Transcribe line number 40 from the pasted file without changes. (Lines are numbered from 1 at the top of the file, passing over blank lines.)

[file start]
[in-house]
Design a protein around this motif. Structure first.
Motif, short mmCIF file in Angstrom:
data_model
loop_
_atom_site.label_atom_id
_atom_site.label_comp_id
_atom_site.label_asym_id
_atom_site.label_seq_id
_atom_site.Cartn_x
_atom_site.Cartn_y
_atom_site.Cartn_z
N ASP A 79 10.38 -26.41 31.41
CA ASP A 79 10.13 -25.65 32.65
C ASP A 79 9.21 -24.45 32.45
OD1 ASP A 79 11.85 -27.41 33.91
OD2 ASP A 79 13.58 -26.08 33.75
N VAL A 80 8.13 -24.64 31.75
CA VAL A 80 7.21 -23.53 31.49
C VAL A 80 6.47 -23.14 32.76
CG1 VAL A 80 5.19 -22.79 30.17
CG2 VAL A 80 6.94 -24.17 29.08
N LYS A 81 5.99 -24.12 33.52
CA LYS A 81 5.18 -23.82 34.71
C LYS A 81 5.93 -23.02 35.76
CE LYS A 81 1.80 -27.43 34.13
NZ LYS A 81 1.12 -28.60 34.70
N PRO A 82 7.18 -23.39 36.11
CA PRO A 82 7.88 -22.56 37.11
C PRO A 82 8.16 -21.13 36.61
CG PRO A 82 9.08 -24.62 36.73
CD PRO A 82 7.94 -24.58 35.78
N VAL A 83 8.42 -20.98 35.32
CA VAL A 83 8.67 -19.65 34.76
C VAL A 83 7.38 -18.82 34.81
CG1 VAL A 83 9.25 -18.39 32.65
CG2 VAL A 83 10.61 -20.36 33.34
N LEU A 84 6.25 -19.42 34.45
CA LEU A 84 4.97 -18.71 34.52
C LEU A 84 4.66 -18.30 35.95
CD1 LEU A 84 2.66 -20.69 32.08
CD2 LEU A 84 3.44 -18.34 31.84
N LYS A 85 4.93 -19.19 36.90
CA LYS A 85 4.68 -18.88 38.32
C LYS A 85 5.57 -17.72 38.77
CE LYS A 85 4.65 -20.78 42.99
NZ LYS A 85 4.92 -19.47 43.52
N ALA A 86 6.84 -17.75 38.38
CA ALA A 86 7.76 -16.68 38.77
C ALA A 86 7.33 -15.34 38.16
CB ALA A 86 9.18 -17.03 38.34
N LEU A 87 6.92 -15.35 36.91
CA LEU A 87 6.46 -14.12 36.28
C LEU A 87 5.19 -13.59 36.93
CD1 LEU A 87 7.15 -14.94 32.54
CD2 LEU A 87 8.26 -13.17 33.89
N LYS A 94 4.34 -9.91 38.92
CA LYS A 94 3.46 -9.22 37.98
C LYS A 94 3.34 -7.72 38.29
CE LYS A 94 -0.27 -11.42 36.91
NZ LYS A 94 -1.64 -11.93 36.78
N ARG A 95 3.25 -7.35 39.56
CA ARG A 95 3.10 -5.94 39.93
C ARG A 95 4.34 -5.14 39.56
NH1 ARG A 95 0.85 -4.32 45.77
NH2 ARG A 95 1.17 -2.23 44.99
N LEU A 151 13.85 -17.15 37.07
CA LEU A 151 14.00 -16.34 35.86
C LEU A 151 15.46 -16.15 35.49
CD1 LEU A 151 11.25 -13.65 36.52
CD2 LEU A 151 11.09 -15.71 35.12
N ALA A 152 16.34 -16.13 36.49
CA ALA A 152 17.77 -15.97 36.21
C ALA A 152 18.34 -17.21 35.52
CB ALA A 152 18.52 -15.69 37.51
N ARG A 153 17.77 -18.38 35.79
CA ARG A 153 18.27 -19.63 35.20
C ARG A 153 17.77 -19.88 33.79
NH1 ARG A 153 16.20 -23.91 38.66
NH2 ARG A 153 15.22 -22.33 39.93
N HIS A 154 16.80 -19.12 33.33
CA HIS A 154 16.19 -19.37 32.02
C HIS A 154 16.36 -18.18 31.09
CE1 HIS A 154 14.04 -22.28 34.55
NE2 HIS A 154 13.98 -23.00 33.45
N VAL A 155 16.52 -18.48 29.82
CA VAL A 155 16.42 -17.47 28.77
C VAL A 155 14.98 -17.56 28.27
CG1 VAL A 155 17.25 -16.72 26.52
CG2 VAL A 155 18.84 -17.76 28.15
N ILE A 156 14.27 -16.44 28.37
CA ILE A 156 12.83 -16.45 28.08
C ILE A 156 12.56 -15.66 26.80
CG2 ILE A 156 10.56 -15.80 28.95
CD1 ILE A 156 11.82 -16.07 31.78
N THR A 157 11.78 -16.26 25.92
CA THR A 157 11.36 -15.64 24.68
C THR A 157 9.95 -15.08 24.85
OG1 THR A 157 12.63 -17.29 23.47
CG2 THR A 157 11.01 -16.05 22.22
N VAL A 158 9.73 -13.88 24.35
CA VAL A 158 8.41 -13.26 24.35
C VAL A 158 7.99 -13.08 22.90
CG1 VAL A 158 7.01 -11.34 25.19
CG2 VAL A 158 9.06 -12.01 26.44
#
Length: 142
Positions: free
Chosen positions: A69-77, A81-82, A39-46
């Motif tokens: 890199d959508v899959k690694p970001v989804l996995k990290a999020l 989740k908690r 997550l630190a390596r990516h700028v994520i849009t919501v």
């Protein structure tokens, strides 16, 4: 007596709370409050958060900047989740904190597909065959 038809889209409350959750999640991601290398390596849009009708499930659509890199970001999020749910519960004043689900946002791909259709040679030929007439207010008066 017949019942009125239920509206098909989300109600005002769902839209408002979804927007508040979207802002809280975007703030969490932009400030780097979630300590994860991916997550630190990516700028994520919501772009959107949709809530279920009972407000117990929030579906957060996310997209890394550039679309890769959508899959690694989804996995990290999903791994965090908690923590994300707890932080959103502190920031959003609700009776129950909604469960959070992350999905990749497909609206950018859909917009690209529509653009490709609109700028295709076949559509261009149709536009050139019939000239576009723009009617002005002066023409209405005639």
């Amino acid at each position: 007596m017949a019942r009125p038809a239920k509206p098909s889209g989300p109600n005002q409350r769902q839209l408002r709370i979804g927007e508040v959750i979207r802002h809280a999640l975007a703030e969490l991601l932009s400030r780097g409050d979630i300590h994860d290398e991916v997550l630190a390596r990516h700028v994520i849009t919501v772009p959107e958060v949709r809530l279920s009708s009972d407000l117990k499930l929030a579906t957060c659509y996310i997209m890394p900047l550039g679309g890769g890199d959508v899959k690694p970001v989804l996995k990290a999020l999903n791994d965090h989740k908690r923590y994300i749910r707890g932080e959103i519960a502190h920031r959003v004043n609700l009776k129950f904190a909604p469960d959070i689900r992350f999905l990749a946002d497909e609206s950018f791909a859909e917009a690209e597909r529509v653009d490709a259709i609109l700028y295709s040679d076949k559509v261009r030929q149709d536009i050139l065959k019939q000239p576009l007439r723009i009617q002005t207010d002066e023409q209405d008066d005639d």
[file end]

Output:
C LEU A 84 4.66 -18.30 35.95